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Police Force at Issue in San Diego Jury Trial

Police Accusation against Citizen Used to Justify a Choke-Out Beat-Down
 
A San Diego jury is deliberating charges that an arrestee who was choked unconscious and beaten with a metal baton interfered with a police investigation.

San Diego, CA (PRWEB) June 10, 2005 -- Chris Neisen, who is on trial for a misdemeanor accusation of interfering with a police investigation, has put the use of police force at issue in a jury trial in the Superior Court of California, County of San Diego, Central Branch. The trial began on Thursday June 2, 2005.

The jury is presently deliberating. The trial took much longer than an average misdemeanor trial due to the polices use of an ASP baton and the application of a carotid artery hold, or choke-out, while apprehending a non-violent, non-suspect on private property.

The exact details of what took place are currently being litigated in court. But, the basic facts are as follows. At or around 10:30 am on July 10, 2004, in the community of North Park, four San Diego police officers entered private property without an arrest or search warrant and began to ask Neisen questions.

Neisen, who was not the subject of the investigation, responded with questions of his own, specifically, what the police wanted and why they were on the property. After further interaction, the police decided to use force. They beat Neisen with an ASP expandable tactical baton and placed him in a carotid artery choke hold.

Neisen was rendered unconsciousness while the police officers arms were firmly wrapped around his neck. Although the carotid restraint has proven fatal in as little as thirty-seconds, the police choked-out Neisen for a period upwards of two minutes. While in a subdued state, the police continued to strike Neisen with the ASP until his legs were beat bloody. After being unconscious for an unknown period of time, Neisen awoke at some point after the choke hold was removed. From there he was placed in an ambulance and taken to a nearby hospital for treatment of neck, torso, and leg wounds.

Police use of choke-outs have been the subject of much debate as of late. The U.S. Supreme Court described a carotid hold as when an officer positioned behind a subject places one arm around the subject's neck and holds the wrist of that arm with his other hand. The officer, by using his lower forearm and bicep muscle, applies pressure concentrating on the carotid arteries located on the sides of the subject's neck. The carotid hold is capable of rendering the subject unconscious by diminishing the flow of oxygenated blood to the brain (Los Angeles v. Lyons, 1983).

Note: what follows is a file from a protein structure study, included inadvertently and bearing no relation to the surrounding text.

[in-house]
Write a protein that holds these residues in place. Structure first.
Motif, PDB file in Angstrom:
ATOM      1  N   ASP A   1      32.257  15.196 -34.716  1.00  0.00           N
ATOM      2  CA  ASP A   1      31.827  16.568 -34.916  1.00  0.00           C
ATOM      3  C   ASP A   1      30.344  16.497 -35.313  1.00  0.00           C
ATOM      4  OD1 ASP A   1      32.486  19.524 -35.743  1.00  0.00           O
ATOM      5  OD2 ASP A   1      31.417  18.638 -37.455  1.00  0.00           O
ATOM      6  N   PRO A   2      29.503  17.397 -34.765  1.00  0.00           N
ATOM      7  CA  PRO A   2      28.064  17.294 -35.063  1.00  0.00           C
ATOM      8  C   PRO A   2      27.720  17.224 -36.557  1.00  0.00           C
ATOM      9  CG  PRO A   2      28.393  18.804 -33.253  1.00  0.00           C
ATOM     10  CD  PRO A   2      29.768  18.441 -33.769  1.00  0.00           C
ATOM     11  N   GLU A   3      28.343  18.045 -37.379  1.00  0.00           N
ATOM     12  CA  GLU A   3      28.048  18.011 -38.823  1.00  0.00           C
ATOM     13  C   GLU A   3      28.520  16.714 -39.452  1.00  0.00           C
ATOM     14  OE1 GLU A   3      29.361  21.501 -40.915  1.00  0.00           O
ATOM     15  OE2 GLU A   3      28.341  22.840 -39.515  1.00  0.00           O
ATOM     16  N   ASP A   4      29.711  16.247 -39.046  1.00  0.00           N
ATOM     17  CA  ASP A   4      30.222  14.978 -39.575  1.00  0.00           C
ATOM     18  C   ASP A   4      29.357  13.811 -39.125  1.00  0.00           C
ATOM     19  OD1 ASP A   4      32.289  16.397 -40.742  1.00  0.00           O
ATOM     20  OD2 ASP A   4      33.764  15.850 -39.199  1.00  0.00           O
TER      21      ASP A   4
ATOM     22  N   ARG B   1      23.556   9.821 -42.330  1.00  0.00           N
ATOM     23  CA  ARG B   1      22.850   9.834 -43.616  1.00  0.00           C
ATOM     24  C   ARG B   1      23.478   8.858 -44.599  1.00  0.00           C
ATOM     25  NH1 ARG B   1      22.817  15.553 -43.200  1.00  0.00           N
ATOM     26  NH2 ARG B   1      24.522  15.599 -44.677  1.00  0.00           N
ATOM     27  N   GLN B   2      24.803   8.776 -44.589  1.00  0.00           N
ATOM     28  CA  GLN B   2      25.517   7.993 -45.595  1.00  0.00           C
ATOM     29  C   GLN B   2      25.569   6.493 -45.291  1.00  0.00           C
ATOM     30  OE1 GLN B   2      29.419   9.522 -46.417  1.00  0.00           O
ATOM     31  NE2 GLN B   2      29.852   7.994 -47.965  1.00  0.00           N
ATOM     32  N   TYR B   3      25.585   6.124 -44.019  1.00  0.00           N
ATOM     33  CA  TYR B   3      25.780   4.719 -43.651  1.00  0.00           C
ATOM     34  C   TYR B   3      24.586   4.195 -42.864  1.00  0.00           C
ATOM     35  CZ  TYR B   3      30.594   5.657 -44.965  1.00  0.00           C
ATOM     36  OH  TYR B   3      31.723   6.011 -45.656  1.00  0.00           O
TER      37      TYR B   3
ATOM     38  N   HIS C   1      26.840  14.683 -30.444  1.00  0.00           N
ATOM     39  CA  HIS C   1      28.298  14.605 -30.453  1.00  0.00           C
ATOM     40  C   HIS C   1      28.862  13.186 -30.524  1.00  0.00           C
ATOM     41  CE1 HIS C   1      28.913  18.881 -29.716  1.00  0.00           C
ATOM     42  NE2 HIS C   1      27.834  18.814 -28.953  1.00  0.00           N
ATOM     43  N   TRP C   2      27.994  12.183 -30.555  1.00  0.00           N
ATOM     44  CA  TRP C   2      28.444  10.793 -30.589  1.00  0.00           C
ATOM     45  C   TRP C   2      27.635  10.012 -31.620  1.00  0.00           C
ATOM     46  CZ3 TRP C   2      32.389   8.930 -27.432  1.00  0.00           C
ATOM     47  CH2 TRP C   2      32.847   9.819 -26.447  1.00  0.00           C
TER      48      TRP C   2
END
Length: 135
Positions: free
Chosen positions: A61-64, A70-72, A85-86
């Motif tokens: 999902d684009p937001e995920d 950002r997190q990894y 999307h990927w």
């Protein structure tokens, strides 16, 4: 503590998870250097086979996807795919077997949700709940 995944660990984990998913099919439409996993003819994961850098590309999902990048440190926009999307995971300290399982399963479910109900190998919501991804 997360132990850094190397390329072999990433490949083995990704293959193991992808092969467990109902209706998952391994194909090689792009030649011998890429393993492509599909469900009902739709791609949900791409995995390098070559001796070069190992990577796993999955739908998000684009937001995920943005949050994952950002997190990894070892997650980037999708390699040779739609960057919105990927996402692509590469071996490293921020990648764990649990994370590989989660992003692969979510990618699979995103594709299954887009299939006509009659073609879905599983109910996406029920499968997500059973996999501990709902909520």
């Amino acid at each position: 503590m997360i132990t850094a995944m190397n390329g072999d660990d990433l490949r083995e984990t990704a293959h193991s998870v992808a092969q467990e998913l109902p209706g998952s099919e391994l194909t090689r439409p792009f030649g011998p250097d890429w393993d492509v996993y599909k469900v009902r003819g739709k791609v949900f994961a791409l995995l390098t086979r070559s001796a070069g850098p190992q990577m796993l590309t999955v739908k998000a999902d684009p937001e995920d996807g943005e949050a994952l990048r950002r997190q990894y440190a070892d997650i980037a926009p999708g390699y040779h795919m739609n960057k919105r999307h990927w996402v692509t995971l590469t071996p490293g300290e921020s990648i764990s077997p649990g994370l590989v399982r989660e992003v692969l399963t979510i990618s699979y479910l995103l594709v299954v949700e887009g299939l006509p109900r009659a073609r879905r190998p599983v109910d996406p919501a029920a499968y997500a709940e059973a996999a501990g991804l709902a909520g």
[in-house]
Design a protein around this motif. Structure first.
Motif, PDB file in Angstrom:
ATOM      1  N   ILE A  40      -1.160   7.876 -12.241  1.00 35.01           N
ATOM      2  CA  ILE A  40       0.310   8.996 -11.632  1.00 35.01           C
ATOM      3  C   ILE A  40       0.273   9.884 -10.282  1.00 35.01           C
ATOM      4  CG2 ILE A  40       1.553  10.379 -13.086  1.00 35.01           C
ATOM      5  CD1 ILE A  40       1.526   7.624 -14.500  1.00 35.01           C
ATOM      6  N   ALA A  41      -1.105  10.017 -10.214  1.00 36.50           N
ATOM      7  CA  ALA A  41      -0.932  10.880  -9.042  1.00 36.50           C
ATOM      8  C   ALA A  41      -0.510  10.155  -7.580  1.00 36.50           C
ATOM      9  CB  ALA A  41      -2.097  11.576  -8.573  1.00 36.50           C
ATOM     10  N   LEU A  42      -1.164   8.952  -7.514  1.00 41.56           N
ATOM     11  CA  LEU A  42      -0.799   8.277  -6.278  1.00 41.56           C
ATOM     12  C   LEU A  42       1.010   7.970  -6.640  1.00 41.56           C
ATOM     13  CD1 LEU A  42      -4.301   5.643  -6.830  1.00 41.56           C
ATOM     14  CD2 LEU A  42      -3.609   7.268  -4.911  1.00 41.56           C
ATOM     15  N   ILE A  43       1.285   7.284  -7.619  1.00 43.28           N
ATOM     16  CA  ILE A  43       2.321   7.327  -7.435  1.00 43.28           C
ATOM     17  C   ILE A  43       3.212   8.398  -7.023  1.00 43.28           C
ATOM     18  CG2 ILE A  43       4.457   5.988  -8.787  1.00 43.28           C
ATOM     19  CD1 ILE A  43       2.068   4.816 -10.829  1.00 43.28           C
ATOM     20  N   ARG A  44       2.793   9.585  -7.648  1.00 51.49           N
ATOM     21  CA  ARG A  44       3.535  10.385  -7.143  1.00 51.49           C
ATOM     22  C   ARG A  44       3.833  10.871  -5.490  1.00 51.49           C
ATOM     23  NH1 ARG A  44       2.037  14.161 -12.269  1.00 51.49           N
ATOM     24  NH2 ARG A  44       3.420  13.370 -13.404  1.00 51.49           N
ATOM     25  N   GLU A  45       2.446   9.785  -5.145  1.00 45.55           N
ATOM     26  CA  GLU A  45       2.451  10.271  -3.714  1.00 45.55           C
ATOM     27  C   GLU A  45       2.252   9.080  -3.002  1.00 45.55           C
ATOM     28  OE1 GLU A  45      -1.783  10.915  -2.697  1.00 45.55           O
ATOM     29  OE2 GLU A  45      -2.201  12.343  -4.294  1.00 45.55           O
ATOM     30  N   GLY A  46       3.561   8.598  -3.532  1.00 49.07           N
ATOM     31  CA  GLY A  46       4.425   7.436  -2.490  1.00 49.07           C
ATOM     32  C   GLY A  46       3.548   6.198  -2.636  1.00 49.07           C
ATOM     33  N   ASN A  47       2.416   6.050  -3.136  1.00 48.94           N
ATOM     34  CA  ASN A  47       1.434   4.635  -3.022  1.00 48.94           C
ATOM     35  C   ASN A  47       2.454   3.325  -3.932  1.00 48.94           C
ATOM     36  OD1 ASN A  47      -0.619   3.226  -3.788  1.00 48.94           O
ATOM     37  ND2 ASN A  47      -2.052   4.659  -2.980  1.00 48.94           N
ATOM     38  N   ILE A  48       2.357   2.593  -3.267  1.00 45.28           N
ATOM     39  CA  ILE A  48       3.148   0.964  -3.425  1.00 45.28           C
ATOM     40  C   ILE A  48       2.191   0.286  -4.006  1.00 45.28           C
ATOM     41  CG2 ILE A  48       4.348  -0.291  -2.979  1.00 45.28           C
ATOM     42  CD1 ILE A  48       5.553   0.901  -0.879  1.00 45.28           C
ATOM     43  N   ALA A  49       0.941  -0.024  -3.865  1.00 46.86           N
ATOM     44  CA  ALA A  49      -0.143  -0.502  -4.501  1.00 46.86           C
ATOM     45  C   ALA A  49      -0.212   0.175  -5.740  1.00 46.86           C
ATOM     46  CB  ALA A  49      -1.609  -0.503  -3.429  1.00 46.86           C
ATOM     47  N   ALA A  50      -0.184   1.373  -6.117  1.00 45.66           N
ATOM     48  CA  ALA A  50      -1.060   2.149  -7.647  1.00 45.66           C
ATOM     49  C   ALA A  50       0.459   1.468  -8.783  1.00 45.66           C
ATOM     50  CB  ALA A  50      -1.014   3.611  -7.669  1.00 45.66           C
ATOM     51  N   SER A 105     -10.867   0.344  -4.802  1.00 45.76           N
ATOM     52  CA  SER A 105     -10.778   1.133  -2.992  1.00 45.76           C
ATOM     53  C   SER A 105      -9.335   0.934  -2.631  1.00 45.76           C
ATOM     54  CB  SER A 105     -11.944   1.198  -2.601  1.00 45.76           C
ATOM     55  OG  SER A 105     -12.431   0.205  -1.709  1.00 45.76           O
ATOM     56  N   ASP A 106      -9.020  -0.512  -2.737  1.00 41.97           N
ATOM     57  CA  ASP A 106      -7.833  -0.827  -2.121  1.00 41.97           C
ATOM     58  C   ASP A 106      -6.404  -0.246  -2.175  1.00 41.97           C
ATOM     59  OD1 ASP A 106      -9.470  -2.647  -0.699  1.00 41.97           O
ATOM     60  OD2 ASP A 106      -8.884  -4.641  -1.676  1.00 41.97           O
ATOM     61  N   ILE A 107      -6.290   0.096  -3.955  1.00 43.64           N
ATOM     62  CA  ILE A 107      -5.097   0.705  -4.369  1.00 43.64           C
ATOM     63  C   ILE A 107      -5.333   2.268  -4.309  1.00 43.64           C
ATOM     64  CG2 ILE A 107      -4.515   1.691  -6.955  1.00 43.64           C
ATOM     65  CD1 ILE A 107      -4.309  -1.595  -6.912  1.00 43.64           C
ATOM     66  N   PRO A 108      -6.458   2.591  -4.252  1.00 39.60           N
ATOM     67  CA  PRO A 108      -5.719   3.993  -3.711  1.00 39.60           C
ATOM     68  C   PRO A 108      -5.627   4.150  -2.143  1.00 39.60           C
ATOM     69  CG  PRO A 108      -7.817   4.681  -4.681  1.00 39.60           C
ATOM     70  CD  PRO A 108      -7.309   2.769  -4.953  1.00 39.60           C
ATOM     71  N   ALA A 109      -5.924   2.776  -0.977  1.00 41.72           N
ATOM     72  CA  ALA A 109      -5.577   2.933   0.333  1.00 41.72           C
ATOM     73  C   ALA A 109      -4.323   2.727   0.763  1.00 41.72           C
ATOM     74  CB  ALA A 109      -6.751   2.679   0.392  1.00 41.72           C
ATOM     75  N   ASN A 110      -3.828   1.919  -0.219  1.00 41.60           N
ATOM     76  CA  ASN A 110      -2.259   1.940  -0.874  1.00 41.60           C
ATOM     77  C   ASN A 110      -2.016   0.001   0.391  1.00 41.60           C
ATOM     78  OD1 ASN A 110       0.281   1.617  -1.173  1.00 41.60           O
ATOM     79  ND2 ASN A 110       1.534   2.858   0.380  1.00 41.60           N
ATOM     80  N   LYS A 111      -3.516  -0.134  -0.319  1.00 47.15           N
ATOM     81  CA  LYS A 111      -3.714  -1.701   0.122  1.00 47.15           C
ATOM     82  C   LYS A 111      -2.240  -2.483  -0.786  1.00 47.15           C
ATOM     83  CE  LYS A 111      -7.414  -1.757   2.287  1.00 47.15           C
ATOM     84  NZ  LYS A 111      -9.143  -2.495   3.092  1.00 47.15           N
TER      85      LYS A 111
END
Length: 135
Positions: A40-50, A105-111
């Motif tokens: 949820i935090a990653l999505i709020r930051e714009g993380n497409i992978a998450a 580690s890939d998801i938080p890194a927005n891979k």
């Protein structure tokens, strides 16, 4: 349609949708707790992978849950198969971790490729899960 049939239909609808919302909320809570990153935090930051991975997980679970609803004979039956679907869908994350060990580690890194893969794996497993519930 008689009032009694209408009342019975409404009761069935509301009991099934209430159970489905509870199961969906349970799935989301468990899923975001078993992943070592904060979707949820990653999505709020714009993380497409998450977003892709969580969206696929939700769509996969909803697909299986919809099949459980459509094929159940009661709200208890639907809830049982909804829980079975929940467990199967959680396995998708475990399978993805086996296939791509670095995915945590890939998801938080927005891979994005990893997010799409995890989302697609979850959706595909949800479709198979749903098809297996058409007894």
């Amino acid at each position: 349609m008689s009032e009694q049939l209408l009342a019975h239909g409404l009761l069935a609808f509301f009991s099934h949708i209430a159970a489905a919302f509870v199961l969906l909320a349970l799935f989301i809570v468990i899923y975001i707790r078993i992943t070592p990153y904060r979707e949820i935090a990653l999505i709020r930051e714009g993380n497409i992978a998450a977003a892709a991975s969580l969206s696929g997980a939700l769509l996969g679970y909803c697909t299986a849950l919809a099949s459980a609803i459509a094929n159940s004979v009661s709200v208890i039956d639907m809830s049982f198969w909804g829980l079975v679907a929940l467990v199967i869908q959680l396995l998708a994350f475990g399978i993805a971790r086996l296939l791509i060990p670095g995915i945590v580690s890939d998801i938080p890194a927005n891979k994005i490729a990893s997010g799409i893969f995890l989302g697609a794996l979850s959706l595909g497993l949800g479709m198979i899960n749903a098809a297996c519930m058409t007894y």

Many state and federal jurisdictions have held that the carotid artery hold is tantamount to the use of deadly force. A Federal District Court, in a case against the California Highway Patrol (CHP), found that application of the carotid hold constitutes deadly force, and that the CHP's policy of permitting the carotid hold to be applied in circumstances calling for less than deadly force was sufficient to create a great and immediate threat of irreparable injury... (Nava v. City of Dublin, 1997).

Typically, the police may only exert deadly force for the protection of life, for the prevention of serious bodily injury, or in the apprehension of a person who the officer reasonably believes poses a serious danger to the officer or the public. According to the U.S. Department of Justice, the use of force, both deadly and non-deadly, can place officers and civilians at serious risk of physical harm. Thus, it is incumbent upon law enforcement agencies to ensure that officers use force appropriately.

Citizens have a right to enjoy their property without being subjected to police harassment, said Scott. A McMillan, Esq., The McMillan Law Firm. The carotid choke hold should only be used in the most dangerous of situations, not when a law-abiding citizen is peacefully tending his garden on a Saturday morning.

Neisen, a student, lives in San Diego and is trained in conflict resolution and practices vegetarianism.

Kenneth N. Hamilton, Esq., a solo practitioner in La Mesa, Calif., and David J. Lola, Esq., an associate with The McMillan Law Firm, APC, are representing the Defendant on a pro bono basis. Pro bono indicated that the attorney is volunteering legal services at no cost to the client.

We feel important issues involving deadly force applied by police are raised in this case. Furthermore, what this young man endured during his contact with the police clenched our decision to take this case pro bono, said Hamilton.

Because all of the police procedures at issue in this case are important to all San Diego citizens, this misdemeanor trial could end up taking longer than many felony trials, said Lola.
 


 




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Steven J. Williams, P.C.
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